I grew up with a father and a godfather who went to sea. That was their world and their profession – chief engineer and captain respectively – Norwegians who broke from the farm and sought the greater world. I was the only child and only godchild who then reaped the bounty of the main, the recipient of wondrous treasures from their journeys abroad.
One special memento from Norman, who treated me as the daughter he never had, was a box of carved ivory and tortoise shell – lovely, delicate and exotic. A magic box, a cache of wonder for a seven year old to secrete away elements of enchantment.
I do not know the origin and provenance of my childhood reliquary but it has held over the years, many pieces of my heart. At times there were sand dollars and sea shells, imaginary incantations scribbled upon magnolia leaves, a mumbo-jumbo crystal talisman, or a treasured note from “the boy.”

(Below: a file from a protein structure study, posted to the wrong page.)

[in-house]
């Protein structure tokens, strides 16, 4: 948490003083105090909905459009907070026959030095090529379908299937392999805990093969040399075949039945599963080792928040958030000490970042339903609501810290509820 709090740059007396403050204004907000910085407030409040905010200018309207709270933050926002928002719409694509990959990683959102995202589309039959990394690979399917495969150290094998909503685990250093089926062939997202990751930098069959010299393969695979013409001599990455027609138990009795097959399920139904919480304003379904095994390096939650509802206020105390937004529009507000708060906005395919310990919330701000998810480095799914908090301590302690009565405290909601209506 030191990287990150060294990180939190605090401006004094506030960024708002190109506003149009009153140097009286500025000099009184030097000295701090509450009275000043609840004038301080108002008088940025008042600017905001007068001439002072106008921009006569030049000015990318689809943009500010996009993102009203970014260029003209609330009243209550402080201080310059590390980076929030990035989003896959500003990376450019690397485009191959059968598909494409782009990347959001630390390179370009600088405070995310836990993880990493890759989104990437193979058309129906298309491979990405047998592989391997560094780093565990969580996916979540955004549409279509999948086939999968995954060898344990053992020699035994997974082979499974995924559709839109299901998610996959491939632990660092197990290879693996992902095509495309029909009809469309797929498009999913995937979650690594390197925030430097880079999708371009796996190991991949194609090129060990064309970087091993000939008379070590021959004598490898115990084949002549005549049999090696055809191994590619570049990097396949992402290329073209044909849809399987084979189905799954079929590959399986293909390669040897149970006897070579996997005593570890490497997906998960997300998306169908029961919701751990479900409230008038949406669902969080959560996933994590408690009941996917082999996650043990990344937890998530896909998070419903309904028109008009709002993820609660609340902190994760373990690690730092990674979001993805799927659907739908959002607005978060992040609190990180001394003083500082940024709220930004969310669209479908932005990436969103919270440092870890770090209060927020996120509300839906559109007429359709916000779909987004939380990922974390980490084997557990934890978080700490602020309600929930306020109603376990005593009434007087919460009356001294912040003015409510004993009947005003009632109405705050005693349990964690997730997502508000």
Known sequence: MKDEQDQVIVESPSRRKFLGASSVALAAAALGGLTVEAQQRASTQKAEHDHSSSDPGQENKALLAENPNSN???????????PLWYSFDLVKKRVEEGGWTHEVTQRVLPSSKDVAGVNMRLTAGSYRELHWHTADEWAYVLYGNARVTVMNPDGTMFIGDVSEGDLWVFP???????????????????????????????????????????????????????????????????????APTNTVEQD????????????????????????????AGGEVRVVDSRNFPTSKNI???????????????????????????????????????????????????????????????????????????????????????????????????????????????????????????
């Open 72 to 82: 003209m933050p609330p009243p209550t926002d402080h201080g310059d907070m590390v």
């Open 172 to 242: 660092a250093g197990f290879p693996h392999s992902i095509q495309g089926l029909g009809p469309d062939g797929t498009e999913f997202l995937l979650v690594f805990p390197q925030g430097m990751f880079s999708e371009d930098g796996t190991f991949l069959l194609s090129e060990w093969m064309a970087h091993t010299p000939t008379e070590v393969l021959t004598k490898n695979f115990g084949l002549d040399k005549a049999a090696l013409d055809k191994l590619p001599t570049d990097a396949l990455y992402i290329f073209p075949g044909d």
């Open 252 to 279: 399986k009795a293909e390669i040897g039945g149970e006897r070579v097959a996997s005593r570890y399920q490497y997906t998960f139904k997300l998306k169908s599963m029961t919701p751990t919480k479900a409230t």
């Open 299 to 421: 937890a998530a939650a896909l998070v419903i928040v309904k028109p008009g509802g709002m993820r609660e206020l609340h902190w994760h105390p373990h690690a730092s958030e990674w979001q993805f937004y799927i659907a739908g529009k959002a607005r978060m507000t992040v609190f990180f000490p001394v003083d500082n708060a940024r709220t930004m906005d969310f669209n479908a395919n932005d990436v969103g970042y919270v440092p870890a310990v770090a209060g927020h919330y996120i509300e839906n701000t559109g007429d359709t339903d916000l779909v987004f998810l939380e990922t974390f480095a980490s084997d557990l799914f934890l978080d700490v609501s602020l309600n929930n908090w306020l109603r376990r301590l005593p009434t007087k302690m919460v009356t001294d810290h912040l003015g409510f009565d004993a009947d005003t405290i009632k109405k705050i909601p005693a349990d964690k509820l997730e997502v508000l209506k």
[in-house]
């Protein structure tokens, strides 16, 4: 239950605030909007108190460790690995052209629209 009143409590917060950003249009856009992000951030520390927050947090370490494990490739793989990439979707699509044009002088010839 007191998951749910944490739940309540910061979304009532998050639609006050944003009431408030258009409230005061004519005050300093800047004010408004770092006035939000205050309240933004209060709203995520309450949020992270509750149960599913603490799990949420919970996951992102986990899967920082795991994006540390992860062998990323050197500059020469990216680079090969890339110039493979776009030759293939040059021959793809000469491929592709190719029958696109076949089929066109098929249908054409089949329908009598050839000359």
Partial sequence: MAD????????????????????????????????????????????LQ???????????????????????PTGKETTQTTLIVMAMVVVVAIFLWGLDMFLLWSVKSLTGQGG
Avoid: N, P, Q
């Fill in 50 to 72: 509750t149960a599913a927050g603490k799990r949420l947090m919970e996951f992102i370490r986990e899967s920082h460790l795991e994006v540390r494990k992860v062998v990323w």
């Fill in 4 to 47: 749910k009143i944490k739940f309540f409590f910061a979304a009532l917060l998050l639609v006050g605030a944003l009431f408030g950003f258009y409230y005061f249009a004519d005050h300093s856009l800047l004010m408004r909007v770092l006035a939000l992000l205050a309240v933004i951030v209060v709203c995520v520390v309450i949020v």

Today it contains my grandmother Marie’s pocket watch and wedding ring, a necklace (also from my godfather) of the Southern Cross constellation, a pin that says “carpe diem” (magic words from my youth), an antique pendant of lapis lazuli, my Brownie pin from second grade, my father’s medals from the war, a Mother’s Day poem written by my daughter, Noelle, a gift tag channeling the Tin Man from Oz from my son, Kevin, and a small envelope which reads: “Dear tooth fairy: if your real or not thank you for the money. From Sean.”
It always makes me smile to read our first grandson’s penciled words. I can feel the teeny tooth through the paper and I couldn’t love him more.
Happy Birthday to our Sean.
The life beautiful as glorious as the box the treasure is held in.